This book is a hybrid text. In one sense, it is a collection of stories; but the protagonist is the same throughout and the stories appear in chronological order, so that the book is a kind of fragmented but coherent bildungsroman or romanzo di formazione, as readers watch the protagonist mature, learn from his mistakes, as his many experiences with friends, lovers and acquaintances help him grow in his understanding of Italian Americans, Italian, Italy, and life itself, especially in relation to his own ethnic and national identifications. By following the protagonist, readers may learn what he learns, but they can also keep distance enough to critique what he comes to understand and thereby achieve a richer understanding of themselves.
The protagonist in question is a Jewish American, originally designated almost Kafka-style as M but now renamed as Mel; we follow his Italian American and Italian-related experiences and connections in the course of his life from his early teens to his old age. The book opens with an introduction by a famous Italian critic, Alessandro Carrera. Then comes an invocation—a Jewish awakening to Italian foods, performers, and their like. The core is composed of four parts involving twelve texts, and then a double coda—all materials joining together to cover early loves, travels with an Italian American wife, and then subsequent Italian-American romances and encounters in Italy. With reflections on Jewish-Italian relations, and depictions of key Italian cities and towns, the book includes some of the paradoxes in Italian and Italian American life, as well as the author’s concerns with Italy’s Fascist period, the Holocaust, the mafia, afro-phobia, and recent turns of Italian politics. The text concludes with a double coda, portraying Mel and his three successive wives in a series of demonstrations political and otherwise, as well as a final fantasy of being old and virtually hapless in Rome.
Alternate Titles: Dazed: A Lost Traveler and his Italian Days (or Ways) Or: Lost: A Traveler’s Gaze at Italian Ways (or Days) Read more »
Lines on the Border presents twenty short stories dealing with the life and evolution of the protagonist, Ben, a young and confused California-based Jewish American professor, through his interactions with a growing cast of friends, lovers, and family members on and beyond the San Diego-Tijuana border..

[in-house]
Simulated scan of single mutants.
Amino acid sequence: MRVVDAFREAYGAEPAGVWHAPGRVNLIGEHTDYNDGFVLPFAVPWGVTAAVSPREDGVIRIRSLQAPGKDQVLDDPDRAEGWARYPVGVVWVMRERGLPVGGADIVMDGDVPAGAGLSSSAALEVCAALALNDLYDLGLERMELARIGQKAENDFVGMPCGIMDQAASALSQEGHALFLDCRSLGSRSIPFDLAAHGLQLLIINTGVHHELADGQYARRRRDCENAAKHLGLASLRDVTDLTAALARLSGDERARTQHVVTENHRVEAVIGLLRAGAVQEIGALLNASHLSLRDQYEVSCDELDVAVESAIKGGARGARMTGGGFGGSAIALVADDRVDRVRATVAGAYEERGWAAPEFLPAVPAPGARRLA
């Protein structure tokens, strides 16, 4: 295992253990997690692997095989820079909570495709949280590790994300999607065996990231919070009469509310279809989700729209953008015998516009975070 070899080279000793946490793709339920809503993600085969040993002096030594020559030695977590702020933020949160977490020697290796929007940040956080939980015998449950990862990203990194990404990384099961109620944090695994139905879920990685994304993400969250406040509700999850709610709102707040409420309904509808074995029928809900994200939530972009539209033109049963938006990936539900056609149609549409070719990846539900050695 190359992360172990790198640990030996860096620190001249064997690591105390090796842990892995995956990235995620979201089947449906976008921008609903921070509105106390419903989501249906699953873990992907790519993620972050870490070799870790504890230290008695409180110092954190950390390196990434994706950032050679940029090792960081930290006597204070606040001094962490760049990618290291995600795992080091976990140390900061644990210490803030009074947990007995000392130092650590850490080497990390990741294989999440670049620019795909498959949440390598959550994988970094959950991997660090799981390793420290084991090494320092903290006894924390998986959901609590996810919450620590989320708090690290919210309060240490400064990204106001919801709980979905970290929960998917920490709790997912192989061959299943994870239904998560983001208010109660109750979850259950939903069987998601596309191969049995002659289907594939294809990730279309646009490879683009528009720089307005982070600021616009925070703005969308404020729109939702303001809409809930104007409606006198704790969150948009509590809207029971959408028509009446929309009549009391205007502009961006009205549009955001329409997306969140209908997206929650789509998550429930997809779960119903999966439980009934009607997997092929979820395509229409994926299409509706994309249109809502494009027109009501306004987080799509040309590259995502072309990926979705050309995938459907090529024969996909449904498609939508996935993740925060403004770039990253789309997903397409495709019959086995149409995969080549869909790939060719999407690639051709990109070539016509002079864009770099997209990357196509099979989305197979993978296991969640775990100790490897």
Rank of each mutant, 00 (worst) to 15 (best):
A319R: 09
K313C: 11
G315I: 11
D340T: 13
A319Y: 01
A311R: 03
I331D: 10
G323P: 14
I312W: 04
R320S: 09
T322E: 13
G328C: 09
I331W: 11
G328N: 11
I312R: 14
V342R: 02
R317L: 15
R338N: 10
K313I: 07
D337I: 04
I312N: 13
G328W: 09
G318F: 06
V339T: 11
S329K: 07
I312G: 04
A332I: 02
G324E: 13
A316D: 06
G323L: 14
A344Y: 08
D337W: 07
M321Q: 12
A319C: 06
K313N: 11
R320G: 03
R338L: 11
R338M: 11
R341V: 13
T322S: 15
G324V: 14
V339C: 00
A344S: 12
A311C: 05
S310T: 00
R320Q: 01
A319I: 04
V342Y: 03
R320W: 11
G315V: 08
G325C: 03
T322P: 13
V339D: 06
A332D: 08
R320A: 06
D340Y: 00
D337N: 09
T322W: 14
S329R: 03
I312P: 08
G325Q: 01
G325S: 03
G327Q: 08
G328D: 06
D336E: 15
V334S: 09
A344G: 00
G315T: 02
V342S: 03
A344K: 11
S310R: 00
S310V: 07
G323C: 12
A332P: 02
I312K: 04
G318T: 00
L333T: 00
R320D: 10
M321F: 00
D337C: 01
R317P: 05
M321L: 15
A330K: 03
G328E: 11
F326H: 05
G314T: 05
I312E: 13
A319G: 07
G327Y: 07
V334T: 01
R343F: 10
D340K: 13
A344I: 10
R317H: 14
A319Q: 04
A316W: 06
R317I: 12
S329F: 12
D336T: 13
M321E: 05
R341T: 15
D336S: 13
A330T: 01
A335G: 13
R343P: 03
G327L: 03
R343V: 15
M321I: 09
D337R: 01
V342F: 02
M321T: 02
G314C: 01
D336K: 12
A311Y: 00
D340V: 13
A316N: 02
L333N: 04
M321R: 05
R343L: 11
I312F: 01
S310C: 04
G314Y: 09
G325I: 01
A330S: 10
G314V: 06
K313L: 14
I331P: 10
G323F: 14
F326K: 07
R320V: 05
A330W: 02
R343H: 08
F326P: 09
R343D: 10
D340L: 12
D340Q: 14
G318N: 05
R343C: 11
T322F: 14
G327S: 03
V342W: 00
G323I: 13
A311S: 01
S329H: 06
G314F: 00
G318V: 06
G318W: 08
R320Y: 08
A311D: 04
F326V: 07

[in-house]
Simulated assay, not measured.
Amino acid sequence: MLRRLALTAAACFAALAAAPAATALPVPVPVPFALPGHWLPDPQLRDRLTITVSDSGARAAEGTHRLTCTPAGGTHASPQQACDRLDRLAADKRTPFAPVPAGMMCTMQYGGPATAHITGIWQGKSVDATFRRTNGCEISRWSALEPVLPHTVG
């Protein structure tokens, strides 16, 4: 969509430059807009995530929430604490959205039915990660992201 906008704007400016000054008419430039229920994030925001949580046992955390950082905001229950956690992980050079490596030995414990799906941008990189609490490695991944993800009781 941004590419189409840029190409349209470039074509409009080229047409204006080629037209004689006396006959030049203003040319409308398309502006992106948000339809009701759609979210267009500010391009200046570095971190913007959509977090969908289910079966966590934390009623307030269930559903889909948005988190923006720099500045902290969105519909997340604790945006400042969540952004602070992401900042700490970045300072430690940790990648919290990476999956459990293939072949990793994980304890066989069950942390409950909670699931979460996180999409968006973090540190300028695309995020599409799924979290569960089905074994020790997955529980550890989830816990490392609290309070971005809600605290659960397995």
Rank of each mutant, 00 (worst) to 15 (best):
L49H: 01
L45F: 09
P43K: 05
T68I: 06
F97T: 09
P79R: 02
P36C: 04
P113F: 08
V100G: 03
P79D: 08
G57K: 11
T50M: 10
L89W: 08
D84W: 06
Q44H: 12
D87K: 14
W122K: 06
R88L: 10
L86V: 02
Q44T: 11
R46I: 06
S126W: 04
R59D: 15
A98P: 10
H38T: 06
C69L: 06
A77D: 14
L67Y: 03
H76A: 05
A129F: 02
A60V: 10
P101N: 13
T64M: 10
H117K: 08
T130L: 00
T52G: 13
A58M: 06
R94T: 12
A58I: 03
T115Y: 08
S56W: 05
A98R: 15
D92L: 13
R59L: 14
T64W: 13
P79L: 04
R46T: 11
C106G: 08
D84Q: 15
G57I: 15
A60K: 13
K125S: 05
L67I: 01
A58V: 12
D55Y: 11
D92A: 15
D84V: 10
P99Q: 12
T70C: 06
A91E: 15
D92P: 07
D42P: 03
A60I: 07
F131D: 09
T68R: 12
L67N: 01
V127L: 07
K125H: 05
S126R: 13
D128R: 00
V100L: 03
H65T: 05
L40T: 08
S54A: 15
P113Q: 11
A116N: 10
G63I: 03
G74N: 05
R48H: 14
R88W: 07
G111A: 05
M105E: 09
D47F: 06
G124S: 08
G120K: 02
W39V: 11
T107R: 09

Part I, “First Crossings,” presents early visits and relations, mainly dealing with Ben’s troubled first marriage; Part II, “Love & Loss on the Border and Beyond,” mainly deals with Ben’s post-marital searches for love on both sides of the border and further south.
Part II, Two Farewells, deals with Ben’s parents and new Latino friends and the circumstances that cause him to leave the border area. Perfect for fiction lovers and those interested in border themes Read more »
Cyrus Kohler, a former Army Ranger and Vietnam Veteran, now a Professor of Philosophy, forms an organization known as The Front. Through a series of lectures that go viral he gradually establishes The Front as a third major political party. Exposing the broken Process, genetics, evolution and territoriality of the political class, bThe Front, by book’s end, have 42 million members. Social Congruence and The Doctrine of Limited Rights define our society and its tribal participants. Historical Fiction/Political Read more »
Jillie Lange is a feisty and resourceful 15-year-old who should be at home in St. Louis. Instead, she’s fleeing town on a Greyhound bus with her mother, Ada, along with money and incriminating papers belonging to a crime boss. Arriving in Phoenix, they encounter police detective Luis Faro, a man suffering severe vertigo and mired in guilt resulting from an automobile accident that killed his wife. Assigned to investigate Ada and Jillie, Luis finds himself on a collision course with the revenge fueled mobster at the same time he learns the accident that killed his wife was no accident Read more »
The fictional book I have written is intended for entertainment and is designed to give the reader a weekend of enjoyable reading. To this end, it is short and to the point containing 140 pages, 37,000 words. I have used high points in entertainment that I have experienced over 60 years to convey the story. It is a tale of renewal. I use the technique of identifying the speakers used in “Our Gang” by P. Roth and, like his work, mine is not a play. I might characterize it as a novelette. It would probably make a good chick lit Read more »